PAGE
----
Barm, also called ale yeast, is the foam or scum formed on the top of a fermenting liquid, such as beer, wine, or feedstock for spirits or industrial ethanol distillation. It is used to leaven bread, or set up fermentation in a new batch of liquor. Barm, as a leaven, has also been made from ground millet combined with must out of wine-tubs and is sometimes used in English baking as a synonym for a natural leaven (sourdough). Various cultures derived from barm, usually Saccharomyces cerevisiae, became ancestral to most forms of brewer's yeast and baker's yeast currently on the market.
A barm cake is a soft, round, flattish bread roll from North West England, traditionally leavened with barm. In Ireland, barm is used in the traditional production of barmbrack, a fruited bread.
Emptins, a homemade product similar to barm and usually made from hops or potatoes and the dregs of cider or ale casks, was a common leavener for those living in rural areas far from a brewery, distillery, or bakery from which they could source barm or yeast.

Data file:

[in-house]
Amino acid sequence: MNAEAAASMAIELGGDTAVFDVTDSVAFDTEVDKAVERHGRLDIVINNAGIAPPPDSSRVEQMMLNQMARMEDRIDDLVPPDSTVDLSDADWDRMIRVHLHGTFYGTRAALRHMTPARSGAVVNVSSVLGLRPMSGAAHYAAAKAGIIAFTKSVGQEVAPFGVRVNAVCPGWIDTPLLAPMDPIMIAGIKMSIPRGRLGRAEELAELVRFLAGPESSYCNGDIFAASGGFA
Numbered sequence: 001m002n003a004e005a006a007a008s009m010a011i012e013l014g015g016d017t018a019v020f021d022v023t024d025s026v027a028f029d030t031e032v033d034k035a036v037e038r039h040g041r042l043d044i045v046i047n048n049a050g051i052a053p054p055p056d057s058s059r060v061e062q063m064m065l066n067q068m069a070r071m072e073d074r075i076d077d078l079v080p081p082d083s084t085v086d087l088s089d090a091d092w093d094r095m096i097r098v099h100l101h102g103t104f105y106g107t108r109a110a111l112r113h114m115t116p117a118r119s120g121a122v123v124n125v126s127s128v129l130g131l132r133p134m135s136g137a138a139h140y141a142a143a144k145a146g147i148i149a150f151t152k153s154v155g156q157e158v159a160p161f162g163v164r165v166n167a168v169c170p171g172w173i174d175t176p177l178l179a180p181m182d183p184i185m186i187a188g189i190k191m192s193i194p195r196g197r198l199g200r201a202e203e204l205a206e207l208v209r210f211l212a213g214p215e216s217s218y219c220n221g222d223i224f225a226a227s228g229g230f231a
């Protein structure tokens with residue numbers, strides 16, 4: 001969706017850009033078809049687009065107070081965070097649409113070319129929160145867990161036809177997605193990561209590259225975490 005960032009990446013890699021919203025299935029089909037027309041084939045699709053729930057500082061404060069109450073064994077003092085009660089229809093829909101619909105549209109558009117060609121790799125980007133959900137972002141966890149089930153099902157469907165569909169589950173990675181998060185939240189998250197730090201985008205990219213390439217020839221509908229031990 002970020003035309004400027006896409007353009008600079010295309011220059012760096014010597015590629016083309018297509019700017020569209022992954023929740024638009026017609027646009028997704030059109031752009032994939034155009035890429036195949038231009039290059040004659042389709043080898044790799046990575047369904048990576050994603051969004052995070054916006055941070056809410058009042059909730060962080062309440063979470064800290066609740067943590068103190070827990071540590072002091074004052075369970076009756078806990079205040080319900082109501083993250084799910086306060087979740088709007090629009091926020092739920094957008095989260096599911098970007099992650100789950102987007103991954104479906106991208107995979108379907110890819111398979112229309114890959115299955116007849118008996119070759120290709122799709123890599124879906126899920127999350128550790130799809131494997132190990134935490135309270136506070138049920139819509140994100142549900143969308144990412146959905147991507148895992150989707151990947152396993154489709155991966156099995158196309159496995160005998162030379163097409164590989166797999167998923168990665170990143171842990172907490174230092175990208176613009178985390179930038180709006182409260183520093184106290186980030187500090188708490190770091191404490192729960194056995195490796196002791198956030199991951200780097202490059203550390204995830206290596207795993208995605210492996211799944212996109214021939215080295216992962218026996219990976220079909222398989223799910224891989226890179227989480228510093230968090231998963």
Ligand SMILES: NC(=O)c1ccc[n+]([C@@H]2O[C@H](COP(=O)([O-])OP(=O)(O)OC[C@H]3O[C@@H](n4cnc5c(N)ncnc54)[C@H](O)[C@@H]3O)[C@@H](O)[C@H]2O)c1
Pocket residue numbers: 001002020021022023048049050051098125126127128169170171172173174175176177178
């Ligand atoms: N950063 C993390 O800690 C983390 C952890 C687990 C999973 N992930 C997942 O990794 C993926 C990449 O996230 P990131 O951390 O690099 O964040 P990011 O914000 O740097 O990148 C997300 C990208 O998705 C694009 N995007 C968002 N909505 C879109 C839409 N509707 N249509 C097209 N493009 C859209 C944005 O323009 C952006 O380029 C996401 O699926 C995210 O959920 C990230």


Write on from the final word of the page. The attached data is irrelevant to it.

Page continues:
...the original method of making yeast bread in Britain was a by-product of ale-making. When traditional ale is made, a yeasty froth appears on top of the fermenting liquid, the wort. This used to be scooped off, washed and added to bread dough in order to leaven it. Bread made this way is sweeter tasting than sourdough, and the leavening yeast used to be called 'barm'. Its unpredictability created the word 'barmy'. In the 19th century, the process was refined and industrialized, manufacturing it on a large scale with what is known today as 'baker's yeast', and used worldwide as the primary method of leavening bread. The barm method appears to be an ancient method developed by Gaelic peoples, and was quite different from that used in Europe, which is to leaven bread with a sourdough or leaven (the French call a similar product 'levain'). When the Romans first conquered Gaul, modern day France, they were astonished by the light sweet bread made by the Celtic inhabitants. Barm bread survived with the Celtic peoples in Britain, Scotland and Ireland, but was not common in Europe, being condemned during the Enlightenment as 'unwholesome'. In England, noblemen's bread, manchet, was always made with the barm method, whereas the commoners' bread, maslin, was a sourdough. Barm bread survived until World War Two, and even later in the North of England, largely as barm cakes. Curiously, the old method of making a sponge, or thick batter of flour and water with the barm was still used with the new industrially produced yeast, and was re-introduced to Europe from Vienna where the first yeast factories were established. This became popular in France as a 'poolish', the favoured method of making crusty bread such as a baguette.